Values based Leadership

According to Richard Barrett, “When a situation arises that we have to deal with, there are three different ways we can arrive at a decision on what to do: we can use our beliefs to formulate a response, we can use our values to formulate our response, or we can use our intuition to formulate a response.” (Barrett, 2005, p.1). Barrett continues to explain that if you use beliefs to make decisions, those decisions will reflect your past history in dealing with similar situations. Past history is always context-based, steeped in habits and traditions and doesn’t provide the adaptability you need to deal new situations. But if you use values to make decisions, those decisions will align with the future you want to experience. Values transcend both contexts and experiences. Therefore, they can be used for making tough decisions in complex situations that have not yet been experienced. They provide a more flexible mode of decision-making.

The real ‘value’ of core values is not so much in which core values the organization believes (their content), but rather, in how much the organization actually lives them: the genuineness and passion with which they are brought to life. Values have ‘value’ to the extent the corporate culture is serious with them. If it is not, values actually have a negative value because when they are not respected or implemented, mistrust, cynicism and carelessness rise.

The key to success lies in a single area: in order to work, core values need to be clearly understood, adopted, and embraced by the leadership team which sets the standard of implementation and becomes a role model. When this is done and clearly communicated through behaviour and attitudes more than through glossy values statements, values can then be understood, adopted, and embraced by the entire workforce.

The greatest challenge of values based leadership is to break through the barriers of cynicism and mistrust which often characterize the relationship between leaders and their work force. People have been accustomed for so long to be led by individuals who seldom deliver on their promises that mistrust is ingrained. The only real way through this resistance lies in the senior management’s ability to embody the values they want their workforce to adopt – and there is no shortcut to that. It requires a quality of character which is now widely recognized as one of the two most essential characteristic of a leader: integrity.

Values are both authentic and desired. They are authentic because they already exist in the people who comprise your organization and only need to be unearthed, recognized, acknowledged and … ‘valued’. They are desired because certain values will obviously help your organization’s performance more than others, and as such, you should change your company’s culture if necessary.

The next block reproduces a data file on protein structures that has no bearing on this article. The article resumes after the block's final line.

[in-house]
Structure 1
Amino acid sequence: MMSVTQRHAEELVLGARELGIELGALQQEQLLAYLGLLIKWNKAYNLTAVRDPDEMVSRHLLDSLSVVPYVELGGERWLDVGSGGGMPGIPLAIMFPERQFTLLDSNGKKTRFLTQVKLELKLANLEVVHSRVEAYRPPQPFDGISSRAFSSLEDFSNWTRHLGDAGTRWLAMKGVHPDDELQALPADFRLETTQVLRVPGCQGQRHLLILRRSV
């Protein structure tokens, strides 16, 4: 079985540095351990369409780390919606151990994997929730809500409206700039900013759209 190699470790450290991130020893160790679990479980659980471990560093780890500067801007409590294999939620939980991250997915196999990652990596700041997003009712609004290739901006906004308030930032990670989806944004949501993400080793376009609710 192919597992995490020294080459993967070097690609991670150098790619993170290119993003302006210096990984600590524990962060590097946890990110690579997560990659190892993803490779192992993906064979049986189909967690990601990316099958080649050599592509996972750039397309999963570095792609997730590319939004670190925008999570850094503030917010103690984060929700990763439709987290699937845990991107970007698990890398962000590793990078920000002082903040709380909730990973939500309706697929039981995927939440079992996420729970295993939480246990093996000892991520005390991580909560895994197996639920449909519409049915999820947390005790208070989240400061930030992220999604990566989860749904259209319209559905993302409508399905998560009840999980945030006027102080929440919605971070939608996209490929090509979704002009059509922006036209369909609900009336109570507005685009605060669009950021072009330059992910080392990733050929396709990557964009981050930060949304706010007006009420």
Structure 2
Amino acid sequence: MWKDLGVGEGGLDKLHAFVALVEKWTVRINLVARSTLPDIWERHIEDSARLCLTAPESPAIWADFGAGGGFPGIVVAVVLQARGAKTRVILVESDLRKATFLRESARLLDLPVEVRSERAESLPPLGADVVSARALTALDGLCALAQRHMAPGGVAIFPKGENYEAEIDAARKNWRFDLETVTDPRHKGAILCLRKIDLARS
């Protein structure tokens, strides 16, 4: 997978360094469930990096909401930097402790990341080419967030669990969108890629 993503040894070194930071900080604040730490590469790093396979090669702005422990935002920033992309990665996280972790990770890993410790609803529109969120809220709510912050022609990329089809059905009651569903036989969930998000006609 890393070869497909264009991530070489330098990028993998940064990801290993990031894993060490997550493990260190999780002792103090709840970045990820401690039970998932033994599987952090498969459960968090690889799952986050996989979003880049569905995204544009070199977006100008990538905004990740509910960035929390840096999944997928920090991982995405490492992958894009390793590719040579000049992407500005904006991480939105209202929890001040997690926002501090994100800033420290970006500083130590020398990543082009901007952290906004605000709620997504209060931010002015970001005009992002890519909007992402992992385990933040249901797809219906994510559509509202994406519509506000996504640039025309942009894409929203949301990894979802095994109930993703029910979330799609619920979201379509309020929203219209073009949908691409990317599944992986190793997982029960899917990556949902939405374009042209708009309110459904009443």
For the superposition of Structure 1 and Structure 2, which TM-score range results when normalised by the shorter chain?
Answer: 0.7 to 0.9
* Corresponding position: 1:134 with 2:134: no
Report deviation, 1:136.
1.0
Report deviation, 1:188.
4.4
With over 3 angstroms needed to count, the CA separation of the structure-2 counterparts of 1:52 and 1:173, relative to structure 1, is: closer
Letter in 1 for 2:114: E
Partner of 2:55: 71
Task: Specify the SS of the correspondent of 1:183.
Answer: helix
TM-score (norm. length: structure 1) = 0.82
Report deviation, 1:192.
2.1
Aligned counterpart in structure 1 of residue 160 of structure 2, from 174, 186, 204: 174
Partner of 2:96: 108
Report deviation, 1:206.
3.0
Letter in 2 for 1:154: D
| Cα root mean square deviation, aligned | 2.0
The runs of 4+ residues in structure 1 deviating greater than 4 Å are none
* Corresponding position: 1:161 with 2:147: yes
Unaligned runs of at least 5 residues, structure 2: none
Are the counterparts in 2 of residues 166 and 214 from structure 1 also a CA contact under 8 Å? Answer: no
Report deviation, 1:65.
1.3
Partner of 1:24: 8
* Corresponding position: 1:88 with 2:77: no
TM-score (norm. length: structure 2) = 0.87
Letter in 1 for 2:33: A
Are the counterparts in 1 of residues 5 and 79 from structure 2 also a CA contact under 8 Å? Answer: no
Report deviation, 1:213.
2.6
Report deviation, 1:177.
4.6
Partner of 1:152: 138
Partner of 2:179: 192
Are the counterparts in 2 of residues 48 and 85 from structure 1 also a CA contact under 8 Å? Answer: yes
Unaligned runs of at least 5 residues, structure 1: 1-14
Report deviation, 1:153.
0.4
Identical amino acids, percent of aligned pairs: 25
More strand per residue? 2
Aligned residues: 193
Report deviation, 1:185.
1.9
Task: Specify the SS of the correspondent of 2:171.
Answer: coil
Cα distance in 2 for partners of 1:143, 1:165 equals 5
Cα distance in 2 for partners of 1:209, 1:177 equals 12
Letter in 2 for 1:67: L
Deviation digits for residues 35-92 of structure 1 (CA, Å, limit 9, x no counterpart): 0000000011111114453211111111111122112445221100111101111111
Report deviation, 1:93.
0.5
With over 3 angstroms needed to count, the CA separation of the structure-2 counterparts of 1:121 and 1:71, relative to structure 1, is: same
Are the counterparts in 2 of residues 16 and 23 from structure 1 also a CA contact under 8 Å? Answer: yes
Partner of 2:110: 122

Our experience is that the underlying personal values individuals hold within themselves most often match the desired values management teams want their people to adopt. But the ‘trick’ resides in the way values are brought about. If implemented from top bottom, people tend to resist because they see values as an imposed – and probably manipulative or at least deceptive – new set of expectations. Values are perceived as part of the apparatus of control. But when they are brought about by the individual themselves, after they have been encouraged to recognize and live ‘their’ personal values, those values are then perceived as the most desired standards of behaviours to adopt and as a factor which has the capacity to transform motivation into inspiration and produce the most desired of all products: happiness [read more …]

2 Responses “Values based Leadership” →

  1. Mark Bentley

    May 3, 2014

    This is a fantastic article and without doubt sets out how all contemporary business should structure their approach to their respective operations’. I am currently putting a lecture together on Leadership whereby I want to include something around Values Based Leadership (VBL) and this gives me some remarkable points to reflect upon.

    The economic climate in recent years has been tough and despite current political discourse, things have not got significantly better form many people. This is a good time to draw a mark in the sand to reflect on which organisations are remaining true to their VBL principles through these turbulent times.

    Anyone want to conduct some joint research?

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  1. Etkili Liderlerin Dört Temel İlkesi | Kuneka

    […] Frederic Labarthe, “Values Based Leadership” […]

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